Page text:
Juanita Rice My sentiments exactly!! (Exc I don't know the movie you mention.) For me, it tipped into cliched adolescent nostalgia "oh-I-suffered" much earlier: page 15 or so. I did finish, out of respect for Mitchell's Cloud Atlas and . I'm going to check reviews before I read his others.


message 15: by Dawn (new)

Dawn Briscoe I got enough entertainment from this book just by laughing at your review! Love it!!


Barbara Ah - I think you were bullied into changing your thinking! Try it again - you missed a real jewel. I am a middle-aged adult, so it's not just for leetle British boys.


message 17: by Matt (new)

Matt Cook I think the book does have a contextual similarity to the kind of book wheeled out in adolescent English classes at school, about coming of age etc. But this is constantly subverted with Mitchell's brilliant observations about the motivations of others, and with a main character smart well beyond his years. I read a comment that described Mitchell's writing as "prententious". Well, that's exasperatingly ignorant. All writers are prententious. That's what writing is. But the nearer to "a" truth about existence they get, the better. Take the short note from the teacher to Jason on the nature of bullies. Whether that is his own work, or autobiographical detail. That tiny guide will likely never be bettered anywhere.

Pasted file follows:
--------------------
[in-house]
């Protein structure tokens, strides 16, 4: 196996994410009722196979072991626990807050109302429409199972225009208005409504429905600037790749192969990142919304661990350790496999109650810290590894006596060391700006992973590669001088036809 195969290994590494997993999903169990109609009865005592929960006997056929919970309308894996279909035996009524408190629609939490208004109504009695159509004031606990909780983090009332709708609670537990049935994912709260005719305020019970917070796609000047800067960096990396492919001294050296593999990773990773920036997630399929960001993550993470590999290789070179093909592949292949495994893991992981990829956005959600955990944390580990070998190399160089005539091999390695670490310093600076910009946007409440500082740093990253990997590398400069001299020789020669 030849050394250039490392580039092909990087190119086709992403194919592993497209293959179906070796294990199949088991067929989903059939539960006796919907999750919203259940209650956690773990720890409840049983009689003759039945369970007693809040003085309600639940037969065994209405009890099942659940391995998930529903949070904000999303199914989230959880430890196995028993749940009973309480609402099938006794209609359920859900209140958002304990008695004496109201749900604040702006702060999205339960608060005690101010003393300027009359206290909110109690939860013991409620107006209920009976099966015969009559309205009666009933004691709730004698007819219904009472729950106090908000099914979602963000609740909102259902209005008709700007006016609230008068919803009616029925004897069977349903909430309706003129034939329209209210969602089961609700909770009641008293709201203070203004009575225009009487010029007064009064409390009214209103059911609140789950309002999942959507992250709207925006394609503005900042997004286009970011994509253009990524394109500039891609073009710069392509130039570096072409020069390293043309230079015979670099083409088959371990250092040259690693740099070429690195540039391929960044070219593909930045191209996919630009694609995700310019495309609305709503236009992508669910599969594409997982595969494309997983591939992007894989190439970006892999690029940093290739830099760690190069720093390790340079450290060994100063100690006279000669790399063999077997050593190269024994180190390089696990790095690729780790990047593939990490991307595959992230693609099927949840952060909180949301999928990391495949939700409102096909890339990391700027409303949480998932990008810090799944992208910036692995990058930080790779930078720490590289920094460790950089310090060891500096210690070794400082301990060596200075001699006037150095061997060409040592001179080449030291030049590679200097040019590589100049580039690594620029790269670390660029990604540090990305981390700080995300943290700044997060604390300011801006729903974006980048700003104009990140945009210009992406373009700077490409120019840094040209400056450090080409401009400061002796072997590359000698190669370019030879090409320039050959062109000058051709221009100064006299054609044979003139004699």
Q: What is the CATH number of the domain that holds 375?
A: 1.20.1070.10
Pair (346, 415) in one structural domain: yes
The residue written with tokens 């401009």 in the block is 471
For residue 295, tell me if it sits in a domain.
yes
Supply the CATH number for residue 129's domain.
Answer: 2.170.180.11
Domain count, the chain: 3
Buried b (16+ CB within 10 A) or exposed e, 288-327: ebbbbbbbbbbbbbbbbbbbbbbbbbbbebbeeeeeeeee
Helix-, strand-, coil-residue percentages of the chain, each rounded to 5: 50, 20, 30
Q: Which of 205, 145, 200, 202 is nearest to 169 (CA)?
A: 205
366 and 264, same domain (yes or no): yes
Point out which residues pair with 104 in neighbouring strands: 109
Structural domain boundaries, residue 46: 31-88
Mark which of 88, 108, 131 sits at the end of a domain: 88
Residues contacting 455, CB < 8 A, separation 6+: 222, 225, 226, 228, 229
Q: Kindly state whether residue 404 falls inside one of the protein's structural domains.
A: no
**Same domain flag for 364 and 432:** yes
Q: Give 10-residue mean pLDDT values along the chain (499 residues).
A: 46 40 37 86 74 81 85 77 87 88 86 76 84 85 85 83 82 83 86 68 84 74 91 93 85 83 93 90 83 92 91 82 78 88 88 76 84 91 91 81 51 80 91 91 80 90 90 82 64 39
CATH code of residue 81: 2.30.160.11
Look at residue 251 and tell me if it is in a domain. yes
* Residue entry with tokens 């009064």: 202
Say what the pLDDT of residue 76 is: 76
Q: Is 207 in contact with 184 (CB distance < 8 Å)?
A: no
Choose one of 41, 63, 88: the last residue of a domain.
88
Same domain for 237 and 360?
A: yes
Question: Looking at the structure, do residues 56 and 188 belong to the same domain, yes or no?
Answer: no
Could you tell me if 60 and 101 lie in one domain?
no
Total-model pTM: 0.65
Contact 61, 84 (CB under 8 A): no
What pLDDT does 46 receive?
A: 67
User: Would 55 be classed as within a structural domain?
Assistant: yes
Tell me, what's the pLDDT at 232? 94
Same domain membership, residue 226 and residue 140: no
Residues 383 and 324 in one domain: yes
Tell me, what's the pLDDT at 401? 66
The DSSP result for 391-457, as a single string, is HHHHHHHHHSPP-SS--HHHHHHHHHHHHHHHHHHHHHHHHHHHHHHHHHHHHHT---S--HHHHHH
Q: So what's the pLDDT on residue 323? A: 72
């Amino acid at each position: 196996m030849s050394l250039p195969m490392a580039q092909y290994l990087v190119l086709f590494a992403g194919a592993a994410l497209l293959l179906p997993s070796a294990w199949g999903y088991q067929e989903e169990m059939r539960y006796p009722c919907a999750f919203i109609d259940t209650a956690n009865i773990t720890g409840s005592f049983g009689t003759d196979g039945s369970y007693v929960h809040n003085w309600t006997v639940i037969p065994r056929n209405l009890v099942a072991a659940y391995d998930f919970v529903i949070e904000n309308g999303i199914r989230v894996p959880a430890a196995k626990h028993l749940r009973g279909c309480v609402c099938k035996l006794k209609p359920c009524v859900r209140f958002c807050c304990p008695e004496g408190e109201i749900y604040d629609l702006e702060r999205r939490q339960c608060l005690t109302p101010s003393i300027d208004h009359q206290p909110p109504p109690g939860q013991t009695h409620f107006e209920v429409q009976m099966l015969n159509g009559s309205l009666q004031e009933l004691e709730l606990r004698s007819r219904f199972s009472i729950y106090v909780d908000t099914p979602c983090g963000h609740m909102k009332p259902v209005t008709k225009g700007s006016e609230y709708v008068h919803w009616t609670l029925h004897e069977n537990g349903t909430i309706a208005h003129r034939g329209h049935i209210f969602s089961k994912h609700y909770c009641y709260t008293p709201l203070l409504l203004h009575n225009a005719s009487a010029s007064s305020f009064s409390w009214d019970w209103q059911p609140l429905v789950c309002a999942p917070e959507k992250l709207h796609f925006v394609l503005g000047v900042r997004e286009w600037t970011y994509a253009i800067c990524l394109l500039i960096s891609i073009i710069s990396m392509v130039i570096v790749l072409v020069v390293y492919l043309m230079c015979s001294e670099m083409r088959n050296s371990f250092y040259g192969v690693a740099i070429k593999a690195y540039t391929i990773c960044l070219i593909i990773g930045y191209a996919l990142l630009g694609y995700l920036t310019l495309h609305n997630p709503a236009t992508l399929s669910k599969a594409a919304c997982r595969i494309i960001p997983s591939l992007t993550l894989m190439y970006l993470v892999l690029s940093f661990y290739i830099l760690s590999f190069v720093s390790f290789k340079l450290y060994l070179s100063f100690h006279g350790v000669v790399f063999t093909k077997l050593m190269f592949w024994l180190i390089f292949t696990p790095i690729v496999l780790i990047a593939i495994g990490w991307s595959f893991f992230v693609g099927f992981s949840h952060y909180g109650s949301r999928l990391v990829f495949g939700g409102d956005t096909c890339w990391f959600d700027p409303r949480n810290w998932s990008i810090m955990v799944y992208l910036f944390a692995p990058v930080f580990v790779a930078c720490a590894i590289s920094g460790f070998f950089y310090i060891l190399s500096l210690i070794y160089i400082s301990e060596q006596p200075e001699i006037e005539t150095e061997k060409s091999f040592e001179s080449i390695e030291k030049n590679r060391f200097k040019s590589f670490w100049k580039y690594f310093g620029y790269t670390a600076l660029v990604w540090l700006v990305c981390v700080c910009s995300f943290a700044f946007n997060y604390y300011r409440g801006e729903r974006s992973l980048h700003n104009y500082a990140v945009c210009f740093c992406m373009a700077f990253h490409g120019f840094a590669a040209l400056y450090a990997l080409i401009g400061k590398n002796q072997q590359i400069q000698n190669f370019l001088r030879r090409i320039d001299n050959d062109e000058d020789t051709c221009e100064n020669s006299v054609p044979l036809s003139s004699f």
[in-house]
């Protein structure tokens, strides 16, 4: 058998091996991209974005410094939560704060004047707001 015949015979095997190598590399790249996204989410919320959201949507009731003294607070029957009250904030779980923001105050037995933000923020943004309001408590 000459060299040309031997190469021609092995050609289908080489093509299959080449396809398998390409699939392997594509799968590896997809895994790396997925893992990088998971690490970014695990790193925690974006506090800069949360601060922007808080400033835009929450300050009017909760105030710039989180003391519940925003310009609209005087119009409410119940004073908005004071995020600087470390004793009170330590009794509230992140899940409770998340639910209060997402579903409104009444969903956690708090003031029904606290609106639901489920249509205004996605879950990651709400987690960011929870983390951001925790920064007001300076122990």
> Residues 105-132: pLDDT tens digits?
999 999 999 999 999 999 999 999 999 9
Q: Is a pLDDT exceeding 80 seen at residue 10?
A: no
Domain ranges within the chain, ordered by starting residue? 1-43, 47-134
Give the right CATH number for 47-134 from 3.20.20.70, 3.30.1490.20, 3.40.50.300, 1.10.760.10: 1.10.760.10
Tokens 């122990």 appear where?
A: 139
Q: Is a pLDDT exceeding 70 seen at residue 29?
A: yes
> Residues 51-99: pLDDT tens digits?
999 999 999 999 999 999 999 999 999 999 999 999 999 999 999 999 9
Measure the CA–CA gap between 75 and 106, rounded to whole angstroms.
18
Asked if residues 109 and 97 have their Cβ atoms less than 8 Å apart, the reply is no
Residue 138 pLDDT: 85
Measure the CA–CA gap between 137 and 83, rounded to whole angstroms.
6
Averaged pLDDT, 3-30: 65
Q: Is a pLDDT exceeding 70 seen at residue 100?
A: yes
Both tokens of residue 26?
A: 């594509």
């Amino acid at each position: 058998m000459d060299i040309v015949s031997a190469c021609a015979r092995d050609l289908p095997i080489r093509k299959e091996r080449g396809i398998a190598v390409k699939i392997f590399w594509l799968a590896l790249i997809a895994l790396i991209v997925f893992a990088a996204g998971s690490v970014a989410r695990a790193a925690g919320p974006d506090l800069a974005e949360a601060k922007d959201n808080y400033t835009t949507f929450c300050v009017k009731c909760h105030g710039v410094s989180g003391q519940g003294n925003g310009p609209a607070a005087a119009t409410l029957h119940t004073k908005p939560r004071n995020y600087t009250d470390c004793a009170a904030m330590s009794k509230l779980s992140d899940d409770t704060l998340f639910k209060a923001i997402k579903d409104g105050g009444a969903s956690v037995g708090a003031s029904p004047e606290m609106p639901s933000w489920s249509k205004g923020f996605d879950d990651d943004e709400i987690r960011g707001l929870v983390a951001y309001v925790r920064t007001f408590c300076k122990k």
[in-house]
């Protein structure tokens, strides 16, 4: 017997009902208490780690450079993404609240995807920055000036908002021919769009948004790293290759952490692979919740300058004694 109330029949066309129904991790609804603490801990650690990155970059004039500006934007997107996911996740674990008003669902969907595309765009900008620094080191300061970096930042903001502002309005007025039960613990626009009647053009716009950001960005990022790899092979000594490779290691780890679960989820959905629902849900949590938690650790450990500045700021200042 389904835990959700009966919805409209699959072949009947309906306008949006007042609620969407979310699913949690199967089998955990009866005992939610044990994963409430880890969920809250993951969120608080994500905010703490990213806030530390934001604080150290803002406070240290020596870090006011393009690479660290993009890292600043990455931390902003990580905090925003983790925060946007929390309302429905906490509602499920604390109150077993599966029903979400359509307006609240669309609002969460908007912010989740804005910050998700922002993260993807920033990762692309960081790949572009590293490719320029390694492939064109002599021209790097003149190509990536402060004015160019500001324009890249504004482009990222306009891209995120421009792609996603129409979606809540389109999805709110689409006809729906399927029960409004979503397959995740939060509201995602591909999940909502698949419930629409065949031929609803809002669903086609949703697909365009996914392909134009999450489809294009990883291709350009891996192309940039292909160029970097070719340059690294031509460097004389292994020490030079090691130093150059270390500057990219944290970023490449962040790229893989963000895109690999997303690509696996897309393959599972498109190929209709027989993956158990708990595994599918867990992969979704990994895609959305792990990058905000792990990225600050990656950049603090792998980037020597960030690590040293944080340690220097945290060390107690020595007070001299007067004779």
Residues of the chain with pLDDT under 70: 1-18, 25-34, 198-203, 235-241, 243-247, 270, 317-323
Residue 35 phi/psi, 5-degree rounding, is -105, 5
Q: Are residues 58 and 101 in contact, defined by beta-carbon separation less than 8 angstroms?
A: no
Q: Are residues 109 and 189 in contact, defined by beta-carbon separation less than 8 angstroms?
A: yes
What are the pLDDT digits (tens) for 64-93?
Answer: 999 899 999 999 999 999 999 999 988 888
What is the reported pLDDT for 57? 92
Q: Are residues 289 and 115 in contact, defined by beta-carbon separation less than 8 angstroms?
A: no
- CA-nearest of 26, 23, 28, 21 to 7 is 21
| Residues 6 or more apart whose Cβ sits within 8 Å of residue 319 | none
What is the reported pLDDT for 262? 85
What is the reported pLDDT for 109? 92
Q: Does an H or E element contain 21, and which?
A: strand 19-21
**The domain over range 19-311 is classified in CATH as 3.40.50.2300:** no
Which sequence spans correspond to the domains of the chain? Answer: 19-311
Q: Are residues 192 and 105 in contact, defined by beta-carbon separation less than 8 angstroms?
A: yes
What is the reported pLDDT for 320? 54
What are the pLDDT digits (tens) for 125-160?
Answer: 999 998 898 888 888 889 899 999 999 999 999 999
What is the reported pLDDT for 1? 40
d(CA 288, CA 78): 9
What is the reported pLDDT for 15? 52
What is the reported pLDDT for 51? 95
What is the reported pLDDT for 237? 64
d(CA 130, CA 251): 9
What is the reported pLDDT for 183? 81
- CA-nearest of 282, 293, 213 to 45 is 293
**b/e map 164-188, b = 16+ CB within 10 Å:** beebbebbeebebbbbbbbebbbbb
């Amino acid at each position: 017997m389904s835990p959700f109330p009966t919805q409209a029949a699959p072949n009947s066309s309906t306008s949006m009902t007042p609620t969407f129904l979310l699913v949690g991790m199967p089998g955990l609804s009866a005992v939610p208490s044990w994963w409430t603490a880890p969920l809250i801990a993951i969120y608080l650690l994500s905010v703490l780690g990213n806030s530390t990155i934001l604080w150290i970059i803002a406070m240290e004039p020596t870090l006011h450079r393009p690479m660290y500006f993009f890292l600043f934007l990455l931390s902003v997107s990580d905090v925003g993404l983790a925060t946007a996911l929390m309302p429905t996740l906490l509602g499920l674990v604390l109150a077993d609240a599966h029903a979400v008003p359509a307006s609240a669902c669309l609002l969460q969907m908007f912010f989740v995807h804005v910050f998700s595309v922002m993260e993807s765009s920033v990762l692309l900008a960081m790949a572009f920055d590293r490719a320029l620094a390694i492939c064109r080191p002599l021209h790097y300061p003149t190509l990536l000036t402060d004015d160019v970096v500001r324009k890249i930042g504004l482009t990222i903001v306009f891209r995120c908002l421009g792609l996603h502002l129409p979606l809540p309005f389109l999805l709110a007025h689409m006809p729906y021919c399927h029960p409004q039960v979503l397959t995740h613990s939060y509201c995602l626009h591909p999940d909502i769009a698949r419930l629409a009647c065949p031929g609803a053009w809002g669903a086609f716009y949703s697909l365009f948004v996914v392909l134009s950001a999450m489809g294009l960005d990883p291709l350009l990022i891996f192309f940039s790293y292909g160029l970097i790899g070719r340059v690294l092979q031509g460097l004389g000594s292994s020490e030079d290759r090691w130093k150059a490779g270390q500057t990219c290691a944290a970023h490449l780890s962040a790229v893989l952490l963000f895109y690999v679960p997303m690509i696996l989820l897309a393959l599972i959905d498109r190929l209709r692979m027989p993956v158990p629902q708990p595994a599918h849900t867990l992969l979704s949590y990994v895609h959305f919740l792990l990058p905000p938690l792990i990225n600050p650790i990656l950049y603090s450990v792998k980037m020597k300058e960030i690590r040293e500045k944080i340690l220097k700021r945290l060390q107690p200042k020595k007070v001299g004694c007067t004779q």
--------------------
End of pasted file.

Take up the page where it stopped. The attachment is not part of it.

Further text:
message 18: by Mommalibrarian (new)

Mommalibrarian Are the book-likers just those who had or thought they had miserable coming-of-age periods and vice versa or something else?


Barbara Or maybe those who love the book are the more mature readers (talking about age and experience here, not to judge character) who can accept some flaws and still love a good story, engaging characters, and appreciate the language. I understand that adolescence is a time when emotions are raw and there is a lack of control over one's destiny. Also, when I finish a book missing a character and a place, I feel the book was well worth my time. We all relate to a book from our own personal perspective.